April 13, 2009

Rubies in the Orchard by Lynda Resnick

BOOK #: 27 (did not review #26)
CHALLENGES: New Authors, Reading Your Name Challenge
2 Stars

Rubies in the Orchard: How to Uncover the Hidden Gems in Your Business is the story and ideas behind the brand POM Wonderful, the popular pomegranate juice company. Resnick is the marketing mastermind of POM Wonderful, as well as Fiji Water, Teleflora, and The Franklin Mint. Resnick shares the history of her company and then she shares her secrets to successful branding and entrepreneurship.

I have a love/hate relationship with this book. I will start with what I loved. There are some very useful nuggets of wisdom from the marketing genius. She shows how she took unconventional ideas and used them to create a marketing plan for a fruit that is hard to grow but has terrific health benefits. Also, the light and breezy writing style makes this an easy book to read and helps keep it flowing when the content starts to lag, and lag it does.

So here comes the part about what I did not love. While the book does contain a few 'gems' of wisdom gained from Resnick's experience, and while it does have a light flowing pace to it, I was disappointed to find the book to be a bit of an ego trip. Resnick rarely acknowledges anyone else in the book for helping solve any problems or generate any ideas as if she worked in a world full of helpless incompetent drones. However, when she explains the choices behind a strategy that did not work, she was quick to point fingers. Marketing genius or no, this is not the kind of person I would want to emulate.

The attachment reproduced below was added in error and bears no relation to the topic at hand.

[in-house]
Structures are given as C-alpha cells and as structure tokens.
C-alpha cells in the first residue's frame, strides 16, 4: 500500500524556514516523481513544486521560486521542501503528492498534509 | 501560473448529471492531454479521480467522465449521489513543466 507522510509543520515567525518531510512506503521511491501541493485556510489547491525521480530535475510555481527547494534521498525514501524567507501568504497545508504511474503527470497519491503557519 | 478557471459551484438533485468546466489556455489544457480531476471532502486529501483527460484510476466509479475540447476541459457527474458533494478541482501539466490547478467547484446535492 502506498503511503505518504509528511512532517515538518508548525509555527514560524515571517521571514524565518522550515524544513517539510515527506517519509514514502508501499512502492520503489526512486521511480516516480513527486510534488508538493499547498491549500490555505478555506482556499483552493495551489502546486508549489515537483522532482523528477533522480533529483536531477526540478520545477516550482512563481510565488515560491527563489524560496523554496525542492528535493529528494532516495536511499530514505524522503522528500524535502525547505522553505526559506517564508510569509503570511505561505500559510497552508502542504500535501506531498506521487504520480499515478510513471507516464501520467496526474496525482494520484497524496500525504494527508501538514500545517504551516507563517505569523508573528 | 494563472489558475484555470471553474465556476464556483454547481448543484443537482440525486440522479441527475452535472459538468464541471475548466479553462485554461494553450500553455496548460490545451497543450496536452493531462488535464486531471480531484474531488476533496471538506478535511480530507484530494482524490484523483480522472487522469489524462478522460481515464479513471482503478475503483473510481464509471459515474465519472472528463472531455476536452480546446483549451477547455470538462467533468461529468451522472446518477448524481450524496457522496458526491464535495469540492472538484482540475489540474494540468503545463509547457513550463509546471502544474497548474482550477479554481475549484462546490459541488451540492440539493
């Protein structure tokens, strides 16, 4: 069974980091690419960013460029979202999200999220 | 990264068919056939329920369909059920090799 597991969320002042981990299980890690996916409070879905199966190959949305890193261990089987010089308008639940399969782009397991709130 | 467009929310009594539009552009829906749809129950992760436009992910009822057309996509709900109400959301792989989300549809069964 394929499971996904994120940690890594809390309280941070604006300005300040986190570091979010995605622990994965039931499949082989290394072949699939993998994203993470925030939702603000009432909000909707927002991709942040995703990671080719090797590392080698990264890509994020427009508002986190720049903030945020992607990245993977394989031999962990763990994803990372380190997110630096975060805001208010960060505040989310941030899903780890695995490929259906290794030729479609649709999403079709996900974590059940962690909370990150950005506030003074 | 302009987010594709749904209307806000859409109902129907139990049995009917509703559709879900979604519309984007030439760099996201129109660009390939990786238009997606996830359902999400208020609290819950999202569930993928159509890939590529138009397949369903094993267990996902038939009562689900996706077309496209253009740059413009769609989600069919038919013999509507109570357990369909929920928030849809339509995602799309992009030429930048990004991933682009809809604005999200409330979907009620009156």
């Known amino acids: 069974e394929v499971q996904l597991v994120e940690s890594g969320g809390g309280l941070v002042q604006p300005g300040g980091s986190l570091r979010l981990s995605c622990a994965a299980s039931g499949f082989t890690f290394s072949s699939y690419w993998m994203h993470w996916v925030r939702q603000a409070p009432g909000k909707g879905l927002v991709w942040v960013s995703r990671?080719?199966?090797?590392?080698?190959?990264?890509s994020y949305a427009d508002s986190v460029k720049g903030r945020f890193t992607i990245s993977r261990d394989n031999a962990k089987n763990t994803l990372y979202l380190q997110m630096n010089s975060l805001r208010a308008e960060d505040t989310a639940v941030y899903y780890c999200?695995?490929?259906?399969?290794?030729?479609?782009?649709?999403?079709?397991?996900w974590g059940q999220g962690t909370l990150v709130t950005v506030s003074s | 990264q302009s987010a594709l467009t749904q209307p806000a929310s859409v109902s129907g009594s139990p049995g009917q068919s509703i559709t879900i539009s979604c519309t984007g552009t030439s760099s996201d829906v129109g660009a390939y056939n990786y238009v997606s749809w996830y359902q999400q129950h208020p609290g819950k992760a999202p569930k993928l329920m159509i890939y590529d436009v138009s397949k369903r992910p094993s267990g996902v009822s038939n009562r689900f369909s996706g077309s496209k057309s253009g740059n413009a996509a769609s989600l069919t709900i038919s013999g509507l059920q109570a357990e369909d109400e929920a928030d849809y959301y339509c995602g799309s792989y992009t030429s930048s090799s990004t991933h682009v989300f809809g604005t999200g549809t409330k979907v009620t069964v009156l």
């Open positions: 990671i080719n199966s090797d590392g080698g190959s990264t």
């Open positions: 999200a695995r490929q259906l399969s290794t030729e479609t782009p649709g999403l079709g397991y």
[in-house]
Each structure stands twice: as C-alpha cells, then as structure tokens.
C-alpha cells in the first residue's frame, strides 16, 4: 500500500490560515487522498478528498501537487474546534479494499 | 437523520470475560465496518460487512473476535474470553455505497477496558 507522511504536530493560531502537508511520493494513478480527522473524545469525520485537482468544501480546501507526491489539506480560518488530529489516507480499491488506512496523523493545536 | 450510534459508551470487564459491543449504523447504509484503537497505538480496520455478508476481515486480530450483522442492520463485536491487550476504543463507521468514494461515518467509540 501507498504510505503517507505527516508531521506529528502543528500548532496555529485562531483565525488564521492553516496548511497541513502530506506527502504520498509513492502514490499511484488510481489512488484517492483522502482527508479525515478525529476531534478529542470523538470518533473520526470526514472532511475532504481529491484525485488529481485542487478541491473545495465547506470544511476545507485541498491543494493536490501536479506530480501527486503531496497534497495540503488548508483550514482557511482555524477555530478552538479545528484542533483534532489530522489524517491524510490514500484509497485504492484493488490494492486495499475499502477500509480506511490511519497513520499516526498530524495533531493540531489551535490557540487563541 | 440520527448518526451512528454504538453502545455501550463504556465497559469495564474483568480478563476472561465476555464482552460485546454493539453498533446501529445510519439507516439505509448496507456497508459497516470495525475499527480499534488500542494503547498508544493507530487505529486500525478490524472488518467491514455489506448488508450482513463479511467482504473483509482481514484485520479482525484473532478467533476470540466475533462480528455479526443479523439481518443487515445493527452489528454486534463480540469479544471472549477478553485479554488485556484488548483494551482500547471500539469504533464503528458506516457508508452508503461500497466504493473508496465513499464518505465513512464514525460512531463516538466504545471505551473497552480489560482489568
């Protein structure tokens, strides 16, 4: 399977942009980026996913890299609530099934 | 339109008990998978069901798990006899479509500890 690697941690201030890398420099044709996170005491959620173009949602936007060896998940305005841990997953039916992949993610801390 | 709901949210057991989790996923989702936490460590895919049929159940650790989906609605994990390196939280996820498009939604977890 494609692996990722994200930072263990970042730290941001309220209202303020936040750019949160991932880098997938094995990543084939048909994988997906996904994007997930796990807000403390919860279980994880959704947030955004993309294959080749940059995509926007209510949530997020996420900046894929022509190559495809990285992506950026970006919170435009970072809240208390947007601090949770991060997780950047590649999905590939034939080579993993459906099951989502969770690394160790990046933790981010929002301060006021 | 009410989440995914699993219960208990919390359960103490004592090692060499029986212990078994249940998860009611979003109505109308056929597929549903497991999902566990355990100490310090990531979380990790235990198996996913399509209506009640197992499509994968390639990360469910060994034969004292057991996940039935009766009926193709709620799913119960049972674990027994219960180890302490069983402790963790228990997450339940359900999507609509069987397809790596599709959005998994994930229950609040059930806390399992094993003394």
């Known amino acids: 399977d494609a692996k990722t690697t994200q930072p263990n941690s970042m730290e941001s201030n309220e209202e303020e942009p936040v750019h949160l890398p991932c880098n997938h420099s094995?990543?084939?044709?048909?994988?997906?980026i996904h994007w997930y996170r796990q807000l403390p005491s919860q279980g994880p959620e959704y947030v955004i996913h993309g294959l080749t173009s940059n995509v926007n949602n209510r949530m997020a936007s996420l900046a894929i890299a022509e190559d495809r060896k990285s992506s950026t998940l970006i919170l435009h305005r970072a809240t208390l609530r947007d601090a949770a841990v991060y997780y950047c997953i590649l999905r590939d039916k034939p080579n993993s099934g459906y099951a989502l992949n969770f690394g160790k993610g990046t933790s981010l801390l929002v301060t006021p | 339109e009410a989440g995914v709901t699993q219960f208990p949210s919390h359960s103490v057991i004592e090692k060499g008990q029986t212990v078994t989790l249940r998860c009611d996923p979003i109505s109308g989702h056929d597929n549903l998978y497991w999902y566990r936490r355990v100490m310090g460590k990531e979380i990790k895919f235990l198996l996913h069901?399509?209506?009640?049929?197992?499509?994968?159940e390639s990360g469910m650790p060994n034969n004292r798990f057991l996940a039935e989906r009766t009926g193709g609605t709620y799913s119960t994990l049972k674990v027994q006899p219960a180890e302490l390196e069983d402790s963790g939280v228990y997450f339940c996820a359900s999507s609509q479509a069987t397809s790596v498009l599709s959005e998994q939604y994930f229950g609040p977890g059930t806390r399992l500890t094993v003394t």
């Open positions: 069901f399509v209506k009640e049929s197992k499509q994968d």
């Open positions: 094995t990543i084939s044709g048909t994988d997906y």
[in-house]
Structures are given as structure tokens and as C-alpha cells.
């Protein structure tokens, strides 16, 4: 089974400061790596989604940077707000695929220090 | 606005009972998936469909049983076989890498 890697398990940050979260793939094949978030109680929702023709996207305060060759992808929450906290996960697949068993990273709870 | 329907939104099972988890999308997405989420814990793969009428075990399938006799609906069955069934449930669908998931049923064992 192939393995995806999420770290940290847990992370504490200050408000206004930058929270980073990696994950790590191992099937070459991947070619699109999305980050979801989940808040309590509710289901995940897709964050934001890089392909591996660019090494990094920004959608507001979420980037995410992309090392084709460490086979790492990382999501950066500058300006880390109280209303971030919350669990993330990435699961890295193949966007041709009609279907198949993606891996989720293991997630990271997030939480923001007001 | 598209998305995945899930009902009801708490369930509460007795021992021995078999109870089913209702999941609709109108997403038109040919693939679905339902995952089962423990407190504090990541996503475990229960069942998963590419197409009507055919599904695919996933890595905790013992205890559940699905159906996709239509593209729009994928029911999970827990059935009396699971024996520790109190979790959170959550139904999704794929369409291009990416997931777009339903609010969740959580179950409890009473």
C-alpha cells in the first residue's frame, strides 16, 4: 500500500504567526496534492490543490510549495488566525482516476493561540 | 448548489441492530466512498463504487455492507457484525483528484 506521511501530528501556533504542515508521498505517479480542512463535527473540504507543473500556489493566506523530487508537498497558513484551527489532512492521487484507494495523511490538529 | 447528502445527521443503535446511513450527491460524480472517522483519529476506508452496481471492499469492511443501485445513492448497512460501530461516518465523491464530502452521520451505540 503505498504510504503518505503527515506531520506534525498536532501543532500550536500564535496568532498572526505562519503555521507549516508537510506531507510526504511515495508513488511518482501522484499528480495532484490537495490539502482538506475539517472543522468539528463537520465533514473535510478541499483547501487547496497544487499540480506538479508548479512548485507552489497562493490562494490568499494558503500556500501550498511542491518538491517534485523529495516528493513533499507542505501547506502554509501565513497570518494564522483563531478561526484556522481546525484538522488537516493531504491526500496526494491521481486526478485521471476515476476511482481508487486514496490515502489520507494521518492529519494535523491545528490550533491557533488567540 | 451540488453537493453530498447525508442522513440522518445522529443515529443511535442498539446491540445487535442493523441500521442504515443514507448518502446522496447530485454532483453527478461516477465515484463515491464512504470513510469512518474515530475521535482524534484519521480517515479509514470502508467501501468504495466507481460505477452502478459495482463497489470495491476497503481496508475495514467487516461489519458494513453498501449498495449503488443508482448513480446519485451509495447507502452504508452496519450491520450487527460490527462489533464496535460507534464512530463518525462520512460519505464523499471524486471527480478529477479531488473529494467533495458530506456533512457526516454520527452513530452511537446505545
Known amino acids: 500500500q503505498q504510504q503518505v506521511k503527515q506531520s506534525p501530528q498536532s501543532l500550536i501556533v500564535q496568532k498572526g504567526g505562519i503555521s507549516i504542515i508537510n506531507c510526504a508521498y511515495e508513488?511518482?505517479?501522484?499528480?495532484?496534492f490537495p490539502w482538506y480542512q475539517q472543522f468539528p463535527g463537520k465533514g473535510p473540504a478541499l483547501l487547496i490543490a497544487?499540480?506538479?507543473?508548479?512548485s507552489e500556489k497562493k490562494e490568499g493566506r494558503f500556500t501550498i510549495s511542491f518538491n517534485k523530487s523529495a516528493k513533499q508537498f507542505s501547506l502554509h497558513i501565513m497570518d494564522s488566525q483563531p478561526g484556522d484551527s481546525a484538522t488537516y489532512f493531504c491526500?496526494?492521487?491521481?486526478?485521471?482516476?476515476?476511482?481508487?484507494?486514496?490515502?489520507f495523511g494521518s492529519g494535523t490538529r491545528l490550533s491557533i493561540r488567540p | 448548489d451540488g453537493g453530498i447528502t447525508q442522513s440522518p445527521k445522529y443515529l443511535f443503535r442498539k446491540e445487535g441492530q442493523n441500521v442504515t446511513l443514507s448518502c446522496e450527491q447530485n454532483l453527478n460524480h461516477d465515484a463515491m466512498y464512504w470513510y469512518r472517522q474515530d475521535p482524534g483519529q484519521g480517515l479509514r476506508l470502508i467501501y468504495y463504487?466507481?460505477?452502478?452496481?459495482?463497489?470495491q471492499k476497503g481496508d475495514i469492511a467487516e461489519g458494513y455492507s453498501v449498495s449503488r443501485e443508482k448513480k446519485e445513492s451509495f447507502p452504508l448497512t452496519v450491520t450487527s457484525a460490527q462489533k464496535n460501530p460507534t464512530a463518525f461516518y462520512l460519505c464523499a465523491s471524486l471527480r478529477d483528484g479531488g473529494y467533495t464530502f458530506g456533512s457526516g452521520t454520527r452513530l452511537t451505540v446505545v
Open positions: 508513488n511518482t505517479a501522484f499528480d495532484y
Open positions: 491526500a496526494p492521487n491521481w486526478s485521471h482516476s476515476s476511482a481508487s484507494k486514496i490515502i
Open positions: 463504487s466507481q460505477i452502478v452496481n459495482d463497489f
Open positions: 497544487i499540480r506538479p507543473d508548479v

I also felt that the book was more of a professional autobiography than a self-help business book, which the title How to Uncover the Hidden Gems in Your Business suggests it to be. The gems are hidden in the book for the reader to uncover and when they are uncovered many of them are not as transferrable to other business ideas as I would have hoped.

Overall, I felt that Rubies in the Orchard makes a better autobiography than a sales & marketing book and should be categorized as such. Interesting story, but honestly she did not sell me on brand Resnick.

Other Reviews:


  1. I agree. It felt more like an autobiography to me.

  2. Thanks for this review. I have a copy of the book, but I don't really read business books; maybe I'll give it a try as an autobiography.

  3. Thanks for the review. I think I'll skip this one.

  4. Ouch. I'm sorry you didn't care for this all that much. I don't usually do business books either, so this is probably a definite skip.

  5. Yes, I think that if it was read as more of an autobiography than a business book you might get more out of it. Worth a try.

  6. I just wrote my review to post tomorrow. I agree with you. I thought the whole thing was just an ad for her stuff.


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